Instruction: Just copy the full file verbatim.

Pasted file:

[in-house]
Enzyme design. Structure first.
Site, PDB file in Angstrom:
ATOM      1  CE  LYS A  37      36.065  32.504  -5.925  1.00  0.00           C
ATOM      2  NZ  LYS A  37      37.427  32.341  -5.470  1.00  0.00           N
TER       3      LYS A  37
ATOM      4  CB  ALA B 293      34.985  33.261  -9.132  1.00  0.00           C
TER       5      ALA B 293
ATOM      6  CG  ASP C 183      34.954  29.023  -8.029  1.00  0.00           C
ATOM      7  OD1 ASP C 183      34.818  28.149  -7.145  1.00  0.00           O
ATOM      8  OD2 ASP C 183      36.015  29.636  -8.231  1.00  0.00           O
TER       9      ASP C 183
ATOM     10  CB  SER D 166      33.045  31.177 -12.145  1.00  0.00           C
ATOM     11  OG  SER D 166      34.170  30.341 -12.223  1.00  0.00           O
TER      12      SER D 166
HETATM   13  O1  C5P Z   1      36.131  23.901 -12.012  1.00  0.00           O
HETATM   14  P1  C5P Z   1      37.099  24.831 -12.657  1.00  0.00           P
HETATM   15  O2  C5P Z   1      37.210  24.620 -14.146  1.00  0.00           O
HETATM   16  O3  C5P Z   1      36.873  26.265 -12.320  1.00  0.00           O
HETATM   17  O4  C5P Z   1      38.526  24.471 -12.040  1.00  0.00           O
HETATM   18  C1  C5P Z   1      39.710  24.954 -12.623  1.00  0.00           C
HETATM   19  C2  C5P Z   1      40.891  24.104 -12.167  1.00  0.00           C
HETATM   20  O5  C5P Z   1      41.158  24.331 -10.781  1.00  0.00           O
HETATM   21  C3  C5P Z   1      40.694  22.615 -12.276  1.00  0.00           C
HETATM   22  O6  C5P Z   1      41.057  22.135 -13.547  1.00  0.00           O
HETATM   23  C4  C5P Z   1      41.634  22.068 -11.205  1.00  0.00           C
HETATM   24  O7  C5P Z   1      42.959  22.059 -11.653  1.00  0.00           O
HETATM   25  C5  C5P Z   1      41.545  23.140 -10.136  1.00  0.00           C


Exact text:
[in-house]
Enzyme design. Structure first.
Site, PDB file in Angstrom:
ATOM      1  CE  LYS A  37      36.065  32.504  -5.925  1.00  0.00           C
ATOM      2  NZ  LYS A  37      37.427  32.341  -5.470  1.00  0.00           N
TER       3      LYS A  37
ATOM      4  CB  ALA B 293      34.985  33.261  -9.132  1.00  0.00           C
TER       5      ALA B 293
ATOM      6  CG  ASP C 183      34.954  29.023  -8.029  1.00  0.00           C
ATOM      7  OD1 ASP C 183      34.818  28.149  -7.145  1.00  0.00           O
ATOM      8  OD2 ASP C 183      36.015  29.636  -8.231  1.00  0.00           O
TER       9      ASP C 183
ATOM     10  CB  SER D 166      33.045  31.177 -12.145  1.00  0.00           C
ATOM     11  OG  SER D 166      34.170  30.341 -12.223  1.00  0.00           O
TER      12      SER D 166
HETATM   13  O1  C5P Z   1      36.131  23.901 -12.012  1.00  0.00           O
HETATM   14  P1  C5P Z   1      37.099  24.831 -12.657  1.00  0.00           P
HETATM   15  O2  C5P Z   1      37.210  24.620 -14.146  1.00  0.00           O
HETATM   16  O3  C5P Z   1      36.873  26.265 -12.320  1.00  0.00           O
HETATM   17  O4  C5P Z   1      38.526  24.471 -12.040  1.00  0.00           O
HETATM   18  C1  C5P Z   1      39.710  24.954 -12.623  1.00  0.00           C
HETATM   19  C2  C5P Z   1      40.891  24.104 -12.167  1.00  0.00           C
HETATM   20  O5  C5P Z   1      41.158  24.331 -10.781  1.00  0.00           O
HETATM   21  C3  C5P Z   1      40.694  22.615 -12.276  1.00  0.00           C
HETATM   22  O6  C5P Z   1      41.057  22.135 -13.547  1.00  0.00           O
HETATM   23  C4  C5P Z   1      41.634  22.068 -11.205  1.00  0.00           C
HETATM   24  O7  C5P Z   1      42.959  22.059 -11.653  1.00  0.00           O
HETATM   25  C5  C5P Z   1      41.545  23.140 -10.136  1.00  0.00           C